Still frustrated by a job search that’s seemingly headed nowhere?
Online social networks may be able to help you out, but be sure to avoid some nasty pitfalls in the process.
Sara Clayton, an assistant director at KU Career Services, and Lindsey Pollak, global spokeswoman for LinkedIn, recently offered some tips for people who are navigating an online job market.
• Use privacy settings, and be careful about what you post online.
Clayton said that it’s important to be aware of what others can see — anyone searching for you can see a Facebook profile picture, for example. So, it’s probably best probably not to use the one showing off that spiffy new beer helmet.
• Be polite.
It may sound simple, but a “thank-you” e-mail to someone who has helped you can go a long way.
• Gain as much information as you can.
Pollak said one of the best ways to use LinkedIn is to use it to find what kind of work you’d like, and the qualifications of others working in the field. She recalled talking to someone who had no idea what he wanted to do, and when she asked what he enjoyed, he said “baseball.”
After typing that in the search field, she returned 109,000 results, from the major leagues to community organizations.
• Ask for “informational interviews.” It’s another way to get connected and see what jobs are like, by asking other working professionals for advice and information — something many in the working world are happy to help with.
“It takes some finessing,” Pollak said. “You should focus on building relationships and adding value to that relationship.”
• Complete your LinkedIn profile.
Pollak said that fully completing a LinkedIn profile — something the site walks you through — will give professionals the idea that you’re serious about what you do.
A good photo helps, too, along with recommendations from others you’ve worked with.
• Control your own message.
As more and more employers use social networking sites such as LinkedIn, Facebook and Twitter to gain more information about people they’re looking to hire, one good thing is that you can control what they see, Clayton said.
“If you fit something they’re looking for, it does make you visible in a way you weren’t visible before.”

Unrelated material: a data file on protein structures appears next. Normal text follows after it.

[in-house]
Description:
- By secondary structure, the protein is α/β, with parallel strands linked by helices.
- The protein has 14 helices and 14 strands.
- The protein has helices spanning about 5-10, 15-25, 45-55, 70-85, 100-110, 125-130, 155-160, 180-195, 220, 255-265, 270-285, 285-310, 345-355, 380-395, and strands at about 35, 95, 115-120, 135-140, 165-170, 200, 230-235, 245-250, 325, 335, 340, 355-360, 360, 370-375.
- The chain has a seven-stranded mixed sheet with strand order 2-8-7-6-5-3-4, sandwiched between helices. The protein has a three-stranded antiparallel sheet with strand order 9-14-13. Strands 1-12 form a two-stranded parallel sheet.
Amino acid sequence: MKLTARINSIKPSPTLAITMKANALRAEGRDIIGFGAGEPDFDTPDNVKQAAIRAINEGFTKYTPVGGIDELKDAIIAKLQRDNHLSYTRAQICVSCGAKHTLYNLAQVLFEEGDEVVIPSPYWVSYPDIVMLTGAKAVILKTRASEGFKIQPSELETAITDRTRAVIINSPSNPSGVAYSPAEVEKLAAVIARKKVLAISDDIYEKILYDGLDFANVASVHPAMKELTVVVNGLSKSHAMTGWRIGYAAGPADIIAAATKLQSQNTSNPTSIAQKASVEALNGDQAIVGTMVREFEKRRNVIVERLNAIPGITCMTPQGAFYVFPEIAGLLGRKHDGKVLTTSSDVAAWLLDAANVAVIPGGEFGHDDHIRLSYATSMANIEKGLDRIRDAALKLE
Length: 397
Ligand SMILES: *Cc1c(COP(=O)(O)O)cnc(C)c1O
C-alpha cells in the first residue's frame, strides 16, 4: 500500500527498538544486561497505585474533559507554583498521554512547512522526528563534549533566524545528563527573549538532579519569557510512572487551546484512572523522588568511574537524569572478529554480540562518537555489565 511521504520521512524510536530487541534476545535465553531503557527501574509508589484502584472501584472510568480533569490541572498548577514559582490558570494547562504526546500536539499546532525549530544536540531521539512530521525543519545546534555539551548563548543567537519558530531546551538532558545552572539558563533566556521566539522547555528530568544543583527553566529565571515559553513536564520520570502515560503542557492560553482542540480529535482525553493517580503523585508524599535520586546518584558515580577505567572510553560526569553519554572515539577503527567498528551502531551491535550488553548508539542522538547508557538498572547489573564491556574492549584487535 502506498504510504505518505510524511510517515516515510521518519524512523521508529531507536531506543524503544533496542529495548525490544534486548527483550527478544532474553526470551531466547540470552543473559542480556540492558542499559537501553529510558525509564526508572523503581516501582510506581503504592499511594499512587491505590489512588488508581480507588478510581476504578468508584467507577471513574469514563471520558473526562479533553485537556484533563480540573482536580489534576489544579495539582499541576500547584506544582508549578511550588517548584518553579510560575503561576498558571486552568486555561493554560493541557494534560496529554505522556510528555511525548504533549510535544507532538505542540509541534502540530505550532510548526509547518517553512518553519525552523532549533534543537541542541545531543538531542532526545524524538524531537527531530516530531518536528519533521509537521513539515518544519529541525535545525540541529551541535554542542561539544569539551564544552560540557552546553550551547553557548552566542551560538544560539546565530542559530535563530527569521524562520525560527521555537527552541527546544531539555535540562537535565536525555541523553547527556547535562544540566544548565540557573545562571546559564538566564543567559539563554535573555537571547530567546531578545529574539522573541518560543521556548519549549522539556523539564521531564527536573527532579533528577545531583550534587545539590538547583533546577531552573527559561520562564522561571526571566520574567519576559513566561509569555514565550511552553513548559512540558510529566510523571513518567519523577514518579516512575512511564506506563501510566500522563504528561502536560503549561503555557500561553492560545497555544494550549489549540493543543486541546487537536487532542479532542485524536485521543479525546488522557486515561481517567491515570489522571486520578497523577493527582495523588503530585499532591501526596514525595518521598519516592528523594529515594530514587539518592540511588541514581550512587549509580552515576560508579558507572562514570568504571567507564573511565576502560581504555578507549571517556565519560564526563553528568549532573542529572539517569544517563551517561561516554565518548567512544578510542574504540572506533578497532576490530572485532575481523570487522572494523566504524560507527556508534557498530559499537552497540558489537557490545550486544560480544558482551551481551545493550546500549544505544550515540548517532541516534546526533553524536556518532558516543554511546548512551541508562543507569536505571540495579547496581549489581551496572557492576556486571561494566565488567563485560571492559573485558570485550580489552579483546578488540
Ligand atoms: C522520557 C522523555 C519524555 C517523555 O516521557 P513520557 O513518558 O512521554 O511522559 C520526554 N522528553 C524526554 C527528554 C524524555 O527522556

Therefore, some kind of “personal branding” through Facebook and Twitter can help showcase your talents, she said.
• Be so negative!
Things like “Man, I hate my boss” can be problematic, not only if your current boss follows your status updates, but also for a potential employer.
• Bombard people with messages.
If you’re not getting a response in a timely manner, it’s probably best to move on, Clayton said. No one likes to be hit with a barrage of usually unsolicited e-mails, tweets or other social networking messages.
• Make it all about you.
Pollak said it’s usually a bad idea to openly ask someone for a job. Instead, use the social network to find ways you can offer support to connections, perhaps by offering to help with an ongoing project.
• Use poor grammar and spelling.
“I could tell they texted the e-mail to me,” Clayton recalled one employer telling her about a job candidate.
Spelling definitely counts, she said, especially when communicating with other professionals.
• Flutter in and out of touch.
“Stay engaged,” Pollak said, particularly if you’re searching for a job.
She suggested checking the site frequently, joining a few groups and being responsive to those who contact you, particularly college alumni groups.
“KU alumni, they can be your biggest allies,” Clayton tells students.
• Connect with just anyone.
It’s about the quality of your connections on sites like LinkedIn, Pollak said, and not the quantity. Connect with people you know, like family members, college classmates or other colleagues.